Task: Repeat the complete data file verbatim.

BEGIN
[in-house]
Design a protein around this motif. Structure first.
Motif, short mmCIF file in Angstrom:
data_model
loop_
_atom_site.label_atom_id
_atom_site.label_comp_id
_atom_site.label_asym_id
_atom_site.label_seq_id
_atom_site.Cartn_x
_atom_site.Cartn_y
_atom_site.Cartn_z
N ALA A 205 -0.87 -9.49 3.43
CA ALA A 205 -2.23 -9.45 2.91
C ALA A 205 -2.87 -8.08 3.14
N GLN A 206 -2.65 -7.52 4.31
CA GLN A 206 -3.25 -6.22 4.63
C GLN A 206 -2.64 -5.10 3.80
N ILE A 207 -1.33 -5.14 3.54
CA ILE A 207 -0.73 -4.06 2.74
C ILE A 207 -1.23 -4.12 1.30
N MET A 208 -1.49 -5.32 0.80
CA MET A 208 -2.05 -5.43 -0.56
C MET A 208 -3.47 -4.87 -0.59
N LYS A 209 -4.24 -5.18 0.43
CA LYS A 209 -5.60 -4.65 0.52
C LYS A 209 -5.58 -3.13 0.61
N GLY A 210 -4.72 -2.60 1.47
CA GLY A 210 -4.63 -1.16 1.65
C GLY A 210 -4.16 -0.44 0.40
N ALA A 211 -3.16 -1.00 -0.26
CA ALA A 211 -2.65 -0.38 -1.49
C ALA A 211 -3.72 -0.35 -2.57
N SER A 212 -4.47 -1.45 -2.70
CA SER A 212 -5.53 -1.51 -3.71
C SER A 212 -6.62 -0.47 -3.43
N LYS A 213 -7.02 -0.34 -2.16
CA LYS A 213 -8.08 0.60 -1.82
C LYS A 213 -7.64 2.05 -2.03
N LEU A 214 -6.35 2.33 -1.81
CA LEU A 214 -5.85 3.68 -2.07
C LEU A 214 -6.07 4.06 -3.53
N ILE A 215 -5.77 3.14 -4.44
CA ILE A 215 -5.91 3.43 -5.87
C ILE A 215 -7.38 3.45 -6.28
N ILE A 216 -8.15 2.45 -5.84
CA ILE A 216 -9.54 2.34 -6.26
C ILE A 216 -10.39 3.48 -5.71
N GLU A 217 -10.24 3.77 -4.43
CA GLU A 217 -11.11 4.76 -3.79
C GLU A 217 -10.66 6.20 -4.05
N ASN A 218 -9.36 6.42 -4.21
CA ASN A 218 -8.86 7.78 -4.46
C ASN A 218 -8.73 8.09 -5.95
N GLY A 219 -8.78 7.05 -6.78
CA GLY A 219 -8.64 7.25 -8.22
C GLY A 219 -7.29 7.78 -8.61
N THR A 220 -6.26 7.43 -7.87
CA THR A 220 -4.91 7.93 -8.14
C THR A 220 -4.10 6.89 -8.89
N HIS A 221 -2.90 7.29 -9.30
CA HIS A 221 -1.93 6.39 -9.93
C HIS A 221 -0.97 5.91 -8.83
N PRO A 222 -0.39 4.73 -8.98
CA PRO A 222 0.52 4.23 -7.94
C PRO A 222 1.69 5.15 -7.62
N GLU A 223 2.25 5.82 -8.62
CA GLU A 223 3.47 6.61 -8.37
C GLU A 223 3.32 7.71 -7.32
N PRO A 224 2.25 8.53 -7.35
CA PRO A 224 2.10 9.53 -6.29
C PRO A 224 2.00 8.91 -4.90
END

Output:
[in-house]
Design a protein around this motif. Structure first.
Motif, short mmCIF file in Angstrom:
data_model
loop_
_atom_site.label_atom_id
_atom_site.label_comp_id
_atom_site.label_asym_id
_atom_site.label_seq_id
_atom_site.Cartn_x
_atom_site.Cartn_y
_atom_site.Cartn_z
N ALA A 205 -0.87 -9.49 3.43
CA ALA A 205 -2.23 -9.45 2.91
C ALA A 205 -2.87 -8.08 3.14
N GLN A 206 -2.65 -7.52 4.31
CA GLN A 206 -3.25 -6.22 4.63
C GLN A 206 -2.64 -5.10 3.80
N ILE A 207 -1.33 -5.14 3.54
CA ILE A 207 -0.73 -4.06 2.74
C ILE A 207 -1.23 -4.12 1.30
N MET A 208 -1.49 -5.32 0.80
CA MET A 208 -2.05 -5.43 -0.56
C MET A 208 -3.47 -4.87 -0.59
N LYS A 209 -4.24 -5.18 0.43
CA LYS A 209 -5.60 -4.65 0.52
C LYS A 209 -5.58 -3.13 0.61
N GLY A 210 -4.72 -2.60 1.47
CA GLY A 210 -4.63 -1.16 1.65
C GLY A 210 -4.16 -0.44 0.40
N ALA A 211 -3.16 -1.00 -0.26
CA ALA A 211 -2.65 -0.38 -1.49
C ALA A 211 -3.72 -0.35 -2.57
N SER A 212 -4.47 -1.45 -2.70
CA SER A 212 -5.53 -1.51 -3.71
C SER A 212 -6.62 -0.47 -3.43
N LYS A 213 -7.02 -0.34 -2.16
CA LYS A 213 -8.08 0.60 -1.82
C LYS A 213 -7.64 2.05 -2.03
N LEU A 214 -6.35 2.33 -1.81
CA LEU A 214 -5.85 3.68 -2.07
C LEU A 214 -6.07 4.06 -3.53
N ILE A 215 -5.77 3.14 -4.44
CA ILE A 215 -5.91 3.43 -5.87
C ILE A 215 -7.38 3.45 -6.28
N ILE A 216 -8.15 2.45 -5.84
CA ILE A 216 -9.54 2.34 -6.26
C ILE A 216 -10.39 3.48 -5.71
N GLU A 217 -10.24 3.77 -4.43
CA GLU A 217 -11.11 4.76 -3.79
C GLU A 217 -10.66 6.20 -4.05
N ASN A 218 -9.36 6.42 -4.21
CA ASN A 218 -8.86 7.78 -4.46
C ASN A 218 -8.73 8.09 -5.95
N GLY A 219 -8.78 7.05 -6.78
CA GLY A 219 -8.64 7.25 -8.22
C GLY A 219 -7.29 7.78 -8.61
N THR A 220 -6.26 7.43 -7.87
CA THR A 220 -4.91 7.93 -8.14
C THR A 220 -4.10 6.89 -8.89
N HIS A 221 -2.90 7.29 -9.30
CA HIS A 221 -1.93 6.39 -9.93
C HIS A 221 -0.97 5.91 -8.83
N PRO A 222 -0.39 4.73 -8.98
CA PRO A 222 0.52 4.23 -7.94
C PRO A 222 1.69 5.15 -7.62
N GLU A 223 2.25 5.82 -8.62
CA GLU A 223 3.47 6.61 -8.37
C GLU A 223 3.32 7.71 -7.32
N PRO A 224 2.25 8.53 -7.35
CA PRO A 224 2.10 9.53 -6.29
C PRO A 224 2.00 8.91 -4.90